EAA13860*

78

 

620

614

NP_055273

 
 

BTB/K6

AAF45342

EAA03884*

43

 

474

669

KHLH10

 
 

BTB/K6

NP_608397

   

616

 

NP_060786

 
 

BTB/K6

 

EAA05952*

   

873

NS1-BP

 
 

K6/2xBTB

NP_569869

EAA09185*

66

 

975

759

LZTR1

 

Discoidin/kelch

         
 

DD/K6

NP_610801

EAA09711*

53

Muskelin

853

797

Muskelin

38

F-box/kelch

         
 

F-Box/K5

NP_611647

EAA00139*

41

 

667

580

XP_048774

 

Kelch and multidomain

         
 

CUB/K6/EGF

NP_651571

EAA05420*

64

Mahogany-like

1284

1203

Attractin

 
 

CUB/K6/EGF

NP_609180

EAA12463*

51

 

2898

2811

MEGF8

 
 

K6/FNIII

NP_726567

EAA13249*

41

HCF

1500

1396

HCF

39

Kelch and unique

         
 

K6/u

NP_648590

EAA10380*

54

 

509

550

NP_060036

 

Propeller

         
 

K6

NP_725794

EAA10479*

44

SLIM-1^

627

373

XP_045954

 
 

K6

NP_572494

EAA05915*

56

 

403

383

PEAS/TIM

 

Key. + The D. melanogaster kelch gene contains two open reading frames [1], and is expressed as two isoforms, of 689 amino acids or 1477 amino acids [37]. A. gambiae EAA12172 apparently corresponds to the long form of kelch. * Kelch-repeat proteins not listed in either Pfam or SMART species trees. With the exception of NP_060786, all the most closely-related human BTB/kelch proteins are members of human BTB/kelch subgroup 1.

Within the group of 19 proteins and hypothetical proteins, 95 % contained six kelch-repeats. Only one protein with five kelch-repeats was identified in either D. melanogaster or A. gambiae, which corresponded to an orthologue of the human F-box/kelch protein, XP_048774 (Table 2). 56 % of the kelch-repeat proteins of D. melanogaster and A. gambiae were BTB/kelch proteins. Both D. melanogaster and A. gambiae contained one discoidin/kelch protein orthologous to muskelin, one F-box/kelch protein, three kelch and multidomain proteins, one kelch and unique protein, and two propeller-only proteins. Thus, all of the 19 kelch-repeat proteins identified had homologues in the human genome and the BTB/kelch domain architecture was the most prevalent (Table 2).

We identified 16 kelch-repeat proteins encoded within the C. elegans genome (Table 3). Of these proteins, only kel-1, spe-26 and CeHCF have been functionally characterised. Kel-1 is an intracellular protein involved in the regulation of feeding behavior during larval development [40]. Spe-26 contributes to the cellular organisation of spermatocytes and mutations are associated with sterility [41]. CeHCF might be involved in the regulation of cell proliferation [4244]. 43.7 % (7/16) of the proteins had the BTB/kelch domain architecture, two were homologues of HCF and attractin with similar multidomain architectures, two contained unique sequences outside of the kelch repeats and two were propeller-only proteins, both of which were predicted to form six-bladed β-propellers. A single F-box/kelch protein was identified, but no muskelin-like protein was found (Table 3), [34]. Instead, two hypothetical proteins with distinctive domain architectures were identified : NP_506605 which also contained a cyclin carboxy-terminal domain (CDD 7965, Pfam 02984, SMART 00385) and NP_506602, that contained a RING domain (CDD 8941, Pfam 00097, SMART 00184). The cyclin carboxy-terminal domain forms an α-helical fold that may constitute a protein interaction site [45]. The RING domain is a zinc-finger fold that mediates protein-protein interactions [46].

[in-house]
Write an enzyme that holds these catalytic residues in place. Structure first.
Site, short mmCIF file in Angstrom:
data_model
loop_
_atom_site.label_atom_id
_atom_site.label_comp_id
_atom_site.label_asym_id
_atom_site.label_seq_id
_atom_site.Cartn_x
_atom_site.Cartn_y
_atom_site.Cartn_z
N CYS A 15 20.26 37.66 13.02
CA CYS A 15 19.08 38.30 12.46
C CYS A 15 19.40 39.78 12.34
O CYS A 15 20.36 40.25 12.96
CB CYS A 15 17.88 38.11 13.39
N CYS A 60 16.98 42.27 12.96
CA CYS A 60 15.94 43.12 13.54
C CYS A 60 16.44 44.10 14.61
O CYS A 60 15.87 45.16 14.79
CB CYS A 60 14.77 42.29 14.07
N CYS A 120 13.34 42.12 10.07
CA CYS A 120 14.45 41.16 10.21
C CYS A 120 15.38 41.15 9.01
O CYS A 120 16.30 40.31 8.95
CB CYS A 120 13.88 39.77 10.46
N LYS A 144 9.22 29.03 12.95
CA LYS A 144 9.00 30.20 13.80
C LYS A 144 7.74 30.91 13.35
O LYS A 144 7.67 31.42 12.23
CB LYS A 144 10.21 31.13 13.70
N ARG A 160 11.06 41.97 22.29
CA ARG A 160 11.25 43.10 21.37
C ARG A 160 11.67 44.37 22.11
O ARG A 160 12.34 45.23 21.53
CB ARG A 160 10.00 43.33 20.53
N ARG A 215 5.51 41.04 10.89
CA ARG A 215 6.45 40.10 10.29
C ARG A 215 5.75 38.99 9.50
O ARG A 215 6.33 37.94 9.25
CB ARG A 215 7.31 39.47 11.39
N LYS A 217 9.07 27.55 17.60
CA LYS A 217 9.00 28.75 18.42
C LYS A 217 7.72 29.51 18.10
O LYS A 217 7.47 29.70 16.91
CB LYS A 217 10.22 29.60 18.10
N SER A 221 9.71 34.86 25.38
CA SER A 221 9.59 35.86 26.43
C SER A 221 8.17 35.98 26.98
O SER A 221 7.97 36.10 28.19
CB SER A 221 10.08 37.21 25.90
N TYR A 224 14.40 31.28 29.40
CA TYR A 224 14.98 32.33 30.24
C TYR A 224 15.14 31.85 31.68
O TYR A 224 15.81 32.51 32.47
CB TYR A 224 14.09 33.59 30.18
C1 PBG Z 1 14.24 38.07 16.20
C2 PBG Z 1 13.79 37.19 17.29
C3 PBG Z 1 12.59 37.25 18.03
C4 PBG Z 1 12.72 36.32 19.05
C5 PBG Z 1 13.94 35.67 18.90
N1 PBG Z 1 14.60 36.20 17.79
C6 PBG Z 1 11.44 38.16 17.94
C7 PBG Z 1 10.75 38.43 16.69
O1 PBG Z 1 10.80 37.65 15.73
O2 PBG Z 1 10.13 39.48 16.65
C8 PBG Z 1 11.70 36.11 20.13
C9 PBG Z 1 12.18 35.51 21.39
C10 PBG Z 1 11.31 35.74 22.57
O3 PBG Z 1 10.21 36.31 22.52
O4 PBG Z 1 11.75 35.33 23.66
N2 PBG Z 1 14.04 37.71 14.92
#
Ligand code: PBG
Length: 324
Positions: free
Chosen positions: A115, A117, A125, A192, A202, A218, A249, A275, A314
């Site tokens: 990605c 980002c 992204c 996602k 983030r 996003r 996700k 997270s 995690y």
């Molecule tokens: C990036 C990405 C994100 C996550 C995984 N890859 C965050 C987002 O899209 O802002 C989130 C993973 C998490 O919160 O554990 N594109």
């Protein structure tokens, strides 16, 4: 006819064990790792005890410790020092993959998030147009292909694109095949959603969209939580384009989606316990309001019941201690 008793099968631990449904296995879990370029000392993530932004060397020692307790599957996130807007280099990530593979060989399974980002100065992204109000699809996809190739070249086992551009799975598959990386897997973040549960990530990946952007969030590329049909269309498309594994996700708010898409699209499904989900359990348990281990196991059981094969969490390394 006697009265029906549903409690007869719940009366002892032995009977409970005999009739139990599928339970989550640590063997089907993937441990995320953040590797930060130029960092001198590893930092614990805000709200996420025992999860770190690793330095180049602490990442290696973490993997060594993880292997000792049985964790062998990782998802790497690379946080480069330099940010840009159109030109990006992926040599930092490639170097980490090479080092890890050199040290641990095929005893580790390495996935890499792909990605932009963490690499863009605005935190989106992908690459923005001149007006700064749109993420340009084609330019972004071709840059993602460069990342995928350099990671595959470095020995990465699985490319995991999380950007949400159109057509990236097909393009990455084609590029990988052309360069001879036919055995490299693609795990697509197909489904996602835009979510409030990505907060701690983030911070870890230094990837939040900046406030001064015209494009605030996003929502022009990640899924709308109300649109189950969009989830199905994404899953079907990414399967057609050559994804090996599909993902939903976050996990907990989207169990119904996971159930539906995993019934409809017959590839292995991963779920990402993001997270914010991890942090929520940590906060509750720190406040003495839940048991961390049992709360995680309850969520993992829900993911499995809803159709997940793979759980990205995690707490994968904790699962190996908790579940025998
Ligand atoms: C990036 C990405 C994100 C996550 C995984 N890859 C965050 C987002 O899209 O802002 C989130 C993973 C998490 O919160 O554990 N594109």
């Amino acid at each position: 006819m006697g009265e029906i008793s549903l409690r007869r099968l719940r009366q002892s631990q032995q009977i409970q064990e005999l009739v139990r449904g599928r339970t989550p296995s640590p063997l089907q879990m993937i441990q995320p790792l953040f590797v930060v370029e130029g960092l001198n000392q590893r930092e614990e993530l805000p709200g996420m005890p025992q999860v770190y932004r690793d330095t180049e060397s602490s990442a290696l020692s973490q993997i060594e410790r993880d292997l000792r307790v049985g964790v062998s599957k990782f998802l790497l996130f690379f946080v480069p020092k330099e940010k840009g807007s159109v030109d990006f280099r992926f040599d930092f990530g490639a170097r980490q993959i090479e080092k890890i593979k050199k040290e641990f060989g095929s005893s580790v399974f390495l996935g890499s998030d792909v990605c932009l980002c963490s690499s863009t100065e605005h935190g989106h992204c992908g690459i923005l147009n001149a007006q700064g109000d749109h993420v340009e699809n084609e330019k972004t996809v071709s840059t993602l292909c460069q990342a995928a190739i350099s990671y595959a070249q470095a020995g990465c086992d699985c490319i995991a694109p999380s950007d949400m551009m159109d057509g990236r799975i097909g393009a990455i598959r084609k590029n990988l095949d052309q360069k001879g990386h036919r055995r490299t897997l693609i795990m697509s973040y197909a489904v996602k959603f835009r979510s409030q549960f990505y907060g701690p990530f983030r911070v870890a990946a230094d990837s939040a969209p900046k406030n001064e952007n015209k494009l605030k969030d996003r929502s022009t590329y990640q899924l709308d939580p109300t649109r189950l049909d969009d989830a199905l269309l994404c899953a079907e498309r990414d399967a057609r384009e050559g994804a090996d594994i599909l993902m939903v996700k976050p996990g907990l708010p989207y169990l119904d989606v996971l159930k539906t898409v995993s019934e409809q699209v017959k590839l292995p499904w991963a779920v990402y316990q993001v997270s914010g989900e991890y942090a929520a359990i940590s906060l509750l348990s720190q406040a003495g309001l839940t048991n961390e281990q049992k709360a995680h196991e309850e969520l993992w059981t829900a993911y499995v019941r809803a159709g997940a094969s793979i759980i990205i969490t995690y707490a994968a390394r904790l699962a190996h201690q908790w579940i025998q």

Table 3

Kelch-repeat proteins of C. elegans

Architecture

GenBank Accession

Alternate Name

Domain organisation

Amin Acids

Closest human seq.

Reference

BTB/kelch

NP_496496

kel-1

BTB/K6

618

KLHL3

40

 

NP_510109

 

BTB/K6

817

NS1-BP

 
 

NP_503729

 

BTB/K6

836

KLHL8

 
 

NP_499784

 

BTB/K6

591

NP_079286

 
 

NP_499241

 

BTB/K6

518

KLHL10

 
 

NP_498380

 

BTB/K6

579

KLHL10

 
 

NP_491322

 

BTB/K5

531

NP_055273

 

F-box/kelch

NP_497184 *

 

Fbox/K4

809

KR only

 

CyclinC/kelch

NP_506605

 

cyclinC/K6

480

N/a

 

RING/kelch

NP_506602

 

RING/K6

570

N/a

 

Kelch and multidomain

NP_510443

Attractin

CUB/ K6/PSI/EGF

1271

Attractin

 
 

NP-501279

CeHCF

K6/FNIII

782

HCF

42–44

Kelch and unique

NP_506607

 

u/K4

430

KR only

 
 

NP_501919

spe-26

u/K5

570

KR only

41

Kelch only

NP_506895

 

K6

426

PEAS/TIM

 
 

NP_493418 *

 

K6

359

KR only

 

Key. *Kelch-repeat proteins not listed in either Pfam or SMART species trees. KR only = sequence match to kelch-repeats only. All the most closely-related human BTB/kelch sequences are members of human BTB/kelch subgroup 1.

Kelch-repeat Proteins encoded in yeast genomes